When correcting severe elbow contractures, there is a risk of inducing DOUN. In their series, O’Driscoll reported a rate of 11%. Some of these were rapid onset and progressive, accompanied by deteriorating ROM within 1 week of surgery. Risk factors for DOUN include a diagnosis of HO, pre-operative neurological symptoms, and a lower pre-operative arc of motion. The incidence and severity of DOUN can be reduced by performing a limited open release or transposition of the ulnar nerve at the beginning of the procedure. Rapid onset progressive DOUN should be treated with urgent ulnar nerve decompression or transposition.[47,48]

Williams et al. found that in those undergoing open and arthroscopic contracture release (but not ulnar nerve release), there was 8% occurrence of new persistent ulnar nerve symptoms. The rate of developing postoperative symptoms was higher if patients had preoperative flexion ≤100°.[49]


OCD of the humeral capitellum most commonly affects young athletes engaged in sports that repetitively stress the elbow. It is characterized by localized injury of subchondral bone of the humeral capitellum. To determine the best treatment option, it is important to differentiate between stable and unstable lesions. Stable lesions can be treated with rest, whereas unstable lesions, as well stable lesions that do not resolve with non-operative treatment, may require a surgical approach. MRI is the best imaging study to evaluate OCD lesions and to determine the stability of the OCD fragment. Arthroscopic surgery is becoming the standard treatment of capitellar OCD and gives good results. The distal ulnar portal has been described for this purpose.[50] It affords good exposure to the posterolateral capitellum for arthroscopic microfracture, drilling, burring, and local debridement of lesions. Differing degrees of elbow flexion enable access.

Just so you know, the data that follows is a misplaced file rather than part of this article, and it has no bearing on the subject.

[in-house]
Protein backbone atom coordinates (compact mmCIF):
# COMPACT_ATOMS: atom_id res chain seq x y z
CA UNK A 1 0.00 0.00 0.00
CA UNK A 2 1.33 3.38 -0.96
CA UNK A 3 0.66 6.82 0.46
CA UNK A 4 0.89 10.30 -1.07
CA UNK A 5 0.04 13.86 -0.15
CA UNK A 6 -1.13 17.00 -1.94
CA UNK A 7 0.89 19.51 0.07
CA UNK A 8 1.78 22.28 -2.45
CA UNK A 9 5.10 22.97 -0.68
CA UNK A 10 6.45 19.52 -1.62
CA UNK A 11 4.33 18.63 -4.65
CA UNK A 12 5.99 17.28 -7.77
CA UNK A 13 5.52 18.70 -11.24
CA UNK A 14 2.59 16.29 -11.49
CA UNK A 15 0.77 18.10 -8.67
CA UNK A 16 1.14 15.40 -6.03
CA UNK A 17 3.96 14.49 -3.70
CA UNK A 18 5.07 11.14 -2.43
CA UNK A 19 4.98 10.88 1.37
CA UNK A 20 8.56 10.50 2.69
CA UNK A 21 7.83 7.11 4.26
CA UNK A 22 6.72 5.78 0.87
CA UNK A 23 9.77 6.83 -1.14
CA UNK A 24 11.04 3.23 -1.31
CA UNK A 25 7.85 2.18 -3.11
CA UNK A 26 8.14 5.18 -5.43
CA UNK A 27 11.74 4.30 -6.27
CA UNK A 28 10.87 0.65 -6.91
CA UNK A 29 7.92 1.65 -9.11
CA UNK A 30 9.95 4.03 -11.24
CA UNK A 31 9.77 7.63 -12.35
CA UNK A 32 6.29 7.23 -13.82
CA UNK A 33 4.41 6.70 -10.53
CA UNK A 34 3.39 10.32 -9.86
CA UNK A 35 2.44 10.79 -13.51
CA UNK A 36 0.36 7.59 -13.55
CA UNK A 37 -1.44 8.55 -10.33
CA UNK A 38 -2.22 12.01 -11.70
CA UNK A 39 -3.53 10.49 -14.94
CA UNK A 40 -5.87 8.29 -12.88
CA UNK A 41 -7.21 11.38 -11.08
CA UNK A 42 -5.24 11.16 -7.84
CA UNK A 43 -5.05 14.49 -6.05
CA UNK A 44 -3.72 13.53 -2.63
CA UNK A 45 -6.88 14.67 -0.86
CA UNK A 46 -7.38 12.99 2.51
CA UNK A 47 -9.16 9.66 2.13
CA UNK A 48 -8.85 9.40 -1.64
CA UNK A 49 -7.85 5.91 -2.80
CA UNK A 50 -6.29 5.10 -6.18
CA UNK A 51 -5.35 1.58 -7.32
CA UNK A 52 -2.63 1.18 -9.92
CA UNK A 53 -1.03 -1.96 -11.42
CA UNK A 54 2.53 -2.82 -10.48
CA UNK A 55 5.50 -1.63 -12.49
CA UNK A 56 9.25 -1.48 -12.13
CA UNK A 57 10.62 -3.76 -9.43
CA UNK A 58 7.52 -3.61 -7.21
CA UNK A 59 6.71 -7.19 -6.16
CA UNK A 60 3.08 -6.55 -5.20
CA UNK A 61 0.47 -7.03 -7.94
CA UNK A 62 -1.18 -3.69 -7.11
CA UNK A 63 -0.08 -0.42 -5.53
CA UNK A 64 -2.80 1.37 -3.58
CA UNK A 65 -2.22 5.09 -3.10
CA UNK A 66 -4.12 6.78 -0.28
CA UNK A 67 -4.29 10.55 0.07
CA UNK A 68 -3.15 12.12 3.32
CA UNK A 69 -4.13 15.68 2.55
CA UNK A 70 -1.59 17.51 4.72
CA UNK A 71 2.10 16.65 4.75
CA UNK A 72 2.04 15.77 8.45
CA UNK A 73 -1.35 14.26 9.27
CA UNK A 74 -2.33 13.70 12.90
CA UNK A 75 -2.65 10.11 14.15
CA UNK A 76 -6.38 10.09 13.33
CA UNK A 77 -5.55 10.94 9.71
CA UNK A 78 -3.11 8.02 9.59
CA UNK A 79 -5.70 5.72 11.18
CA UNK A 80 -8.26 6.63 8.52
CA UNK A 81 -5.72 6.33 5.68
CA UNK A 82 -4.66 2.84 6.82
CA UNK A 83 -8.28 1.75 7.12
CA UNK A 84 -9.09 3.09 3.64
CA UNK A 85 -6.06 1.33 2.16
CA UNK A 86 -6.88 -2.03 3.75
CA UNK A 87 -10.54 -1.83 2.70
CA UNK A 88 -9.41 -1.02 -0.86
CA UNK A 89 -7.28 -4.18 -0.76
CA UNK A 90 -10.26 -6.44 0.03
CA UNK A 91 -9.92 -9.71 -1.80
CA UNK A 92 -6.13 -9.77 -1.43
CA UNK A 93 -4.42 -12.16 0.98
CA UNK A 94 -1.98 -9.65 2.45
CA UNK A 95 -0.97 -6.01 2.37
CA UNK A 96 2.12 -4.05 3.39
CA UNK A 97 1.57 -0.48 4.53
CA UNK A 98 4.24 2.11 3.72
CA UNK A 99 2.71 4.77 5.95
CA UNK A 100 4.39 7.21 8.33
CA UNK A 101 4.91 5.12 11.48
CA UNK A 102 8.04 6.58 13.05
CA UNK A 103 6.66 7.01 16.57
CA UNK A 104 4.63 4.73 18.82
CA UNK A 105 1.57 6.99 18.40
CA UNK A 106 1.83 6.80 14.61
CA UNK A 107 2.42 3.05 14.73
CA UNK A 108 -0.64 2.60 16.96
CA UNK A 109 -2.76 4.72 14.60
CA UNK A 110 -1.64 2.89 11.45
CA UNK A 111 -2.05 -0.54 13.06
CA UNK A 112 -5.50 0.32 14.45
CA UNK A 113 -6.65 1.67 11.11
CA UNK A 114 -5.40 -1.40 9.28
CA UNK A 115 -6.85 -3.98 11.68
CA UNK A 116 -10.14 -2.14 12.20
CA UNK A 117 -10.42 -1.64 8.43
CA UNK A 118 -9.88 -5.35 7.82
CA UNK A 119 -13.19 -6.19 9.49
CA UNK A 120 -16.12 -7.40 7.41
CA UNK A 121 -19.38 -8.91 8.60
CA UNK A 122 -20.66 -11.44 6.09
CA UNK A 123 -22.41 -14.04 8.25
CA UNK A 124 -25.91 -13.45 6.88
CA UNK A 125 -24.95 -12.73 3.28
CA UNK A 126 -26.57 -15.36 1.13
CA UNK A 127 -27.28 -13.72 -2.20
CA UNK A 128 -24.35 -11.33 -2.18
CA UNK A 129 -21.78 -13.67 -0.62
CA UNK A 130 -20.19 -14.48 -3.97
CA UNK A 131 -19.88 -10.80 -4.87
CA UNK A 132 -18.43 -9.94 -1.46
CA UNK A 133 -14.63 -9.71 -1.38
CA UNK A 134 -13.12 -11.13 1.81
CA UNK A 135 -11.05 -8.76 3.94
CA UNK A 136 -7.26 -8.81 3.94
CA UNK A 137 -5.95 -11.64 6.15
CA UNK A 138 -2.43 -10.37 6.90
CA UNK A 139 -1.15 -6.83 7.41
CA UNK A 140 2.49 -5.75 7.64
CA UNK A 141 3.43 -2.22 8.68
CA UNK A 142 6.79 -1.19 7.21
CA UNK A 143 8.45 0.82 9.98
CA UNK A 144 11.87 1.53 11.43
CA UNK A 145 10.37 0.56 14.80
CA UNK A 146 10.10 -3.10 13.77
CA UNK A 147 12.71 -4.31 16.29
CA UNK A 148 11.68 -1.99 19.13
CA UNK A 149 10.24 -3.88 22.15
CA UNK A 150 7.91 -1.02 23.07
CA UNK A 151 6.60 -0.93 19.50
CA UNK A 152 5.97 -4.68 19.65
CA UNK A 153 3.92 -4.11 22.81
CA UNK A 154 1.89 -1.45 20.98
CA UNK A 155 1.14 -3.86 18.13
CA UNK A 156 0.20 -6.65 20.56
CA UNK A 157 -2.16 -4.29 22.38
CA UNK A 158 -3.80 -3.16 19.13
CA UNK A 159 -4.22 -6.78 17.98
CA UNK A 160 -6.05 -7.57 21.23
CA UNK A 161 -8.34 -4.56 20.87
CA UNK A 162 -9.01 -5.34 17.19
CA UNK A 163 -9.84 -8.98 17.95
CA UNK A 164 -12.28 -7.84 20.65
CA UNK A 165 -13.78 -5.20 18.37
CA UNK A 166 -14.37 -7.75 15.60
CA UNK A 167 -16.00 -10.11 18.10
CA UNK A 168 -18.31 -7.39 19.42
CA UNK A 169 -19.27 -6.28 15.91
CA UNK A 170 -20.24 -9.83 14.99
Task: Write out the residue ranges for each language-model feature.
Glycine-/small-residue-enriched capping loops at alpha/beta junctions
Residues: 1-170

Arthroscopic debridement and microfracture for OCD of the capitellum yield good clinical results. Predictors of a better outcome are open capitellar physis as well as loose body removal and shorter duration of preoperative symptoms.[51] Microfracture in teenage athletes yields good results and allows return to sports at the same level.[52] Removal of loose body, drilling/microfracture for Grade IV elbow OCD shows good results 2 years after the procedure in adolescents.[53]